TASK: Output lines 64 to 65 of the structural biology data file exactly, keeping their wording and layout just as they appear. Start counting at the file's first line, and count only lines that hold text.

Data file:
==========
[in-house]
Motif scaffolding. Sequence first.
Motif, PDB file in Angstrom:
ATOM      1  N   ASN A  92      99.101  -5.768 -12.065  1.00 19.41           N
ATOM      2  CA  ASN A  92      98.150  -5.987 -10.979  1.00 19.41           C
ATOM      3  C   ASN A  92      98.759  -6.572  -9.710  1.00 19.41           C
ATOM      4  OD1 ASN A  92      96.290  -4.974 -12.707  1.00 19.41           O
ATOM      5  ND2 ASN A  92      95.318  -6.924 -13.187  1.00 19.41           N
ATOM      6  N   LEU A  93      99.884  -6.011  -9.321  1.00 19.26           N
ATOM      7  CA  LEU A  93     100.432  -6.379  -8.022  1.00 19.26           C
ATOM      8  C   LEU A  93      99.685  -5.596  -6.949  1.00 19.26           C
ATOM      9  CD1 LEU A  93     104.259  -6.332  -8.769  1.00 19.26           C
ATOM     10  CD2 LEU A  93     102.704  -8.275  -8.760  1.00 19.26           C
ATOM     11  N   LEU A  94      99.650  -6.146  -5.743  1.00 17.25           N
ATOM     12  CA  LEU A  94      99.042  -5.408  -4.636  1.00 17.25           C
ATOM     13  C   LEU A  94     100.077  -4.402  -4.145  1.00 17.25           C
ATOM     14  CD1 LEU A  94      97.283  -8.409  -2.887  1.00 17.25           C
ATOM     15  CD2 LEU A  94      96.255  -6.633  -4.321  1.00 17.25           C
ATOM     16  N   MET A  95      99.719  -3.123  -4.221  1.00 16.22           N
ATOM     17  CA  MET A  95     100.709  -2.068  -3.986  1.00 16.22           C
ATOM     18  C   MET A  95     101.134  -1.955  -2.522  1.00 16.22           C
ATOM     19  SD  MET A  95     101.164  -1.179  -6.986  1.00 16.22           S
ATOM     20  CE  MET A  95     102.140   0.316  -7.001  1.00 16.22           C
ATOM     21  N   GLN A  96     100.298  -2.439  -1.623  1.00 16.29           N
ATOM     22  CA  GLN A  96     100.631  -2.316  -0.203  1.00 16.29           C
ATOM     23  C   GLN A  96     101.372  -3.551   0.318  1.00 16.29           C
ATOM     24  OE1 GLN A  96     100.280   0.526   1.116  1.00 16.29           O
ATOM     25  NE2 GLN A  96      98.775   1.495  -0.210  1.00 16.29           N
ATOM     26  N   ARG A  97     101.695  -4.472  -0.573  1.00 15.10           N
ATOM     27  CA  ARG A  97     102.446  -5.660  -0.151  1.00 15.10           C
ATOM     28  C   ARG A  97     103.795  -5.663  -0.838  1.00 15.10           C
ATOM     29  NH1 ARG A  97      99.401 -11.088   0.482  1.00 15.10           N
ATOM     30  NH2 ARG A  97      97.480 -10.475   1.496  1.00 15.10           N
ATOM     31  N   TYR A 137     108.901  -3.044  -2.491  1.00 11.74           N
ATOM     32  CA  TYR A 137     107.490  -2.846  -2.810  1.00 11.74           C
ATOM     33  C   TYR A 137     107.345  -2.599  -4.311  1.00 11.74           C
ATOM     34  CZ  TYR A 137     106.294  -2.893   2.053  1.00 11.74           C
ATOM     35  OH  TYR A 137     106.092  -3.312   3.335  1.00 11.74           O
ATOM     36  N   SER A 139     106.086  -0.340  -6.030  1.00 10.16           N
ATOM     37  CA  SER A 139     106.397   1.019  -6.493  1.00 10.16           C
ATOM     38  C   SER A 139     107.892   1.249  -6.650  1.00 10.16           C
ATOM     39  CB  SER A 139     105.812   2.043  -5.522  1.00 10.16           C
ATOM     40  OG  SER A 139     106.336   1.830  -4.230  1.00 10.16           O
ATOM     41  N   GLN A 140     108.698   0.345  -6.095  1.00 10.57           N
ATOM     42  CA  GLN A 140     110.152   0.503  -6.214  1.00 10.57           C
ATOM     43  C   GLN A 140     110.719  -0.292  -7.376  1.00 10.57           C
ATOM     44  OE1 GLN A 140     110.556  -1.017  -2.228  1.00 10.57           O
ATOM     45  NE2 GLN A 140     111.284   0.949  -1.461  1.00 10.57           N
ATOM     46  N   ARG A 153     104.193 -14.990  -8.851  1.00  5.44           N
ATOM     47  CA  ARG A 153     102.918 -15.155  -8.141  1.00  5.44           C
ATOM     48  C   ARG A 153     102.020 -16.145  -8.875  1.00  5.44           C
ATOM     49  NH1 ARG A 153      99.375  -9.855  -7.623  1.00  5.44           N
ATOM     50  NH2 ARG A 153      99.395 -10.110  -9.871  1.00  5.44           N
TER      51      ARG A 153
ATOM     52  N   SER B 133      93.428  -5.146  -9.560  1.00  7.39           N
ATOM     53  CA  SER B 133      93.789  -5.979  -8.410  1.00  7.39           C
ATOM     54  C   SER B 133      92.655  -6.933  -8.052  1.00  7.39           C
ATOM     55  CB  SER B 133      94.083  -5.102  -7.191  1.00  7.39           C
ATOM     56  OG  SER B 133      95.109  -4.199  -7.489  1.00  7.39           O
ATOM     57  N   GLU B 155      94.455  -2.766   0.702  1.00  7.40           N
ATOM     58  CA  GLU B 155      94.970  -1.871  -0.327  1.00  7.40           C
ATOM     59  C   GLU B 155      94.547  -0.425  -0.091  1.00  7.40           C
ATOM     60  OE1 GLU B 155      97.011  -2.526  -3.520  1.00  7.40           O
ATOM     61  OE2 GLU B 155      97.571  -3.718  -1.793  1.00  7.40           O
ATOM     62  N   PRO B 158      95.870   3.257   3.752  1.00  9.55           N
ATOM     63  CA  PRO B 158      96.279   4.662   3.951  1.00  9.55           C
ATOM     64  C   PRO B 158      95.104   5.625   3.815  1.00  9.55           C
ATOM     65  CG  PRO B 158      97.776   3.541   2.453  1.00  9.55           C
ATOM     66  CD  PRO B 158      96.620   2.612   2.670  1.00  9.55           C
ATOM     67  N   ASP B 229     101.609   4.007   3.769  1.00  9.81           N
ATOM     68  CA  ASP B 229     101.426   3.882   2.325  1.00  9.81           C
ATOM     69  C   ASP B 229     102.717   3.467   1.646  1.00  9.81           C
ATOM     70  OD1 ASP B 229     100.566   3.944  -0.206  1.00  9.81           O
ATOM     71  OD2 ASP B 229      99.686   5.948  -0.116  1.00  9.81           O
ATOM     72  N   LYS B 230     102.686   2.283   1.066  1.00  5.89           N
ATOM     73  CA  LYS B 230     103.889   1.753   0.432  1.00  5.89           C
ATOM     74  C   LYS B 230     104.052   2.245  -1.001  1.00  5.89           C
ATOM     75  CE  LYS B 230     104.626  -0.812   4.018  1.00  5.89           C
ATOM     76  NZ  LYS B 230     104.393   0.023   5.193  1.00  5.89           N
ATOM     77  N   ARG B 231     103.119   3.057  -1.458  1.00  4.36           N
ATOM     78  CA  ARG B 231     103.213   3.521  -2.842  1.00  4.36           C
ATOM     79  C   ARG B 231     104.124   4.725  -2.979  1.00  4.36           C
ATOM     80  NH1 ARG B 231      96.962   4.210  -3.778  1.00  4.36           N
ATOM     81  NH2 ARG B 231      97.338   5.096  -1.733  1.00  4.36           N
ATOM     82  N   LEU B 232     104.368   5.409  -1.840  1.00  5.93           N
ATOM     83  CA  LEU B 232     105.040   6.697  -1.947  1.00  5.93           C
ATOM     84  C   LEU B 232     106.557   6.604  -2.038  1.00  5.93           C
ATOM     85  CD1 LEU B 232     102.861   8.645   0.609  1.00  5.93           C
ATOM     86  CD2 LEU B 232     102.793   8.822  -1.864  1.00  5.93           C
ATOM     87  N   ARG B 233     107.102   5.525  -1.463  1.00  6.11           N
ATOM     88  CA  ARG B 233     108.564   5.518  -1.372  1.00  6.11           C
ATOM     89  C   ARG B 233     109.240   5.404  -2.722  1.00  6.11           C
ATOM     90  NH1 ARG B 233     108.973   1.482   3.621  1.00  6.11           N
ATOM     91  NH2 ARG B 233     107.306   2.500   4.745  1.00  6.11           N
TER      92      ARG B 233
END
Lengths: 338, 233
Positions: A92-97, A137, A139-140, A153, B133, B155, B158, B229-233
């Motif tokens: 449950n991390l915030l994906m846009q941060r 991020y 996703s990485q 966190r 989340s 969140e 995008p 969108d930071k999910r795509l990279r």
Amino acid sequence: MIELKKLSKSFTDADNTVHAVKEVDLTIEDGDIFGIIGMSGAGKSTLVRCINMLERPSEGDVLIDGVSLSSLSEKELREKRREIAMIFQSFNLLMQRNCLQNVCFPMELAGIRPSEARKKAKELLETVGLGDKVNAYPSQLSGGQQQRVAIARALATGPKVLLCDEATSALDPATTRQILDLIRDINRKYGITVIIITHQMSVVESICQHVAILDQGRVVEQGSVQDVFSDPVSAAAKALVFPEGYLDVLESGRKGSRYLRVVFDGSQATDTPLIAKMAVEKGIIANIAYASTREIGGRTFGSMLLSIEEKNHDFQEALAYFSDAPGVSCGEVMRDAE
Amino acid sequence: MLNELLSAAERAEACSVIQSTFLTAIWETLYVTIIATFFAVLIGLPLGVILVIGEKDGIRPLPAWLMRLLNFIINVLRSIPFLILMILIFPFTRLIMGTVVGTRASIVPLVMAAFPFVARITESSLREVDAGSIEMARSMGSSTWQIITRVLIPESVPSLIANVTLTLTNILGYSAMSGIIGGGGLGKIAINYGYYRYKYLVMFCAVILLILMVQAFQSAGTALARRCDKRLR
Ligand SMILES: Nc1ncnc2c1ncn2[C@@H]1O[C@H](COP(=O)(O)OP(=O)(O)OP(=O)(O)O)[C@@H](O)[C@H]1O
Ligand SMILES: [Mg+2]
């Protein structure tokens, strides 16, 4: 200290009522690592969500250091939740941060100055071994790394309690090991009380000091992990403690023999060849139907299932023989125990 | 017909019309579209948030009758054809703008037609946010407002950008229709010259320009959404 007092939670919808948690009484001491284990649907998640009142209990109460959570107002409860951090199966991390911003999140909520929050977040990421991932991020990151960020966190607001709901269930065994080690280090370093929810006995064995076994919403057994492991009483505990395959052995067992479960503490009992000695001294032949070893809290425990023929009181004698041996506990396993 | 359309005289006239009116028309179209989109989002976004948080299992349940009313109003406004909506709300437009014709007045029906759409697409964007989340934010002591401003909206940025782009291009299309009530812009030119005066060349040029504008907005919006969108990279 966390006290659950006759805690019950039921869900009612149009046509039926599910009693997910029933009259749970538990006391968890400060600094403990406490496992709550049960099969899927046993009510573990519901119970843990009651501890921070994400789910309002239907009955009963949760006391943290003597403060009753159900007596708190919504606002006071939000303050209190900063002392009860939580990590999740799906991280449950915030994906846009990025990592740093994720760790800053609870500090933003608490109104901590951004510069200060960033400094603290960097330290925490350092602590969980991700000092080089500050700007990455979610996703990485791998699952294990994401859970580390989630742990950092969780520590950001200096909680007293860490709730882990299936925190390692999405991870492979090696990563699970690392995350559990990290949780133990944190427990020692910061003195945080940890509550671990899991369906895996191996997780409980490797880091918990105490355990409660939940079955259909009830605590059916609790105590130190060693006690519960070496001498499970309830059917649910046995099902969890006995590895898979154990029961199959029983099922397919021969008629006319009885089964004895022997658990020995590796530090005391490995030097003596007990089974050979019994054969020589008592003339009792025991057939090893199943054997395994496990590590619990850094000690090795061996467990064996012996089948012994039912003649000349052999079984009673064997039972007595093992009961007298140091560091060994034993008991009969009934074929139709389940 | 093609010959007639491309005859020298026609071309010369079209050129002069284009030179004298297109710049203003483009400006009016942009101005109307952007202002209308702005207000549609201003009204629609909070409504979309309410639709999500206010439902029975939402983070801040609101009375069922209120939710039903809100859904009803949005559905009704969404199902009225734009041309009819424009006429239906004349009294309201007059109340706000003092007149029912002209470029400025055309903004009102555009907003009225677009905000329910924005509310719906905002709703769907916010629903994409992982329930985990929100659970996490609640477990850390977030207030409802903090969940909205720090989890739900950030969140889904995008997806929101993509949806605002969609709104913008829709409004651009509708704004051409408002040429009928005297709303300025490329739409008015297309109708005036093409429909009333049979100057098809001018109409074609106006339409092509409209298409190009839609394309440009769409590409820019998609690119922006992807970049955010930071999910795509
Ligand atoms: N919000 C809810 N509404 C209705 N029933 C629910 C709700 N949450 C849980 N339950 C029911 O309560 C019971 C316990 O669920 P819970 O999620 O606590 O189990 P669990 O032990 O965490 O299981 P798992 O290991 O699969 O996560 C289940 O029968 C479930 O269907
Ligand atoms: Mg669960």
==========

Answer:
ATOM     61  OE2 GLU B 155      97.571  -3.718  -1.793  1.00  7.40           O
ATOM     62  N   PRO B 158      95.870   3.257   3.752  1.00  9.55           N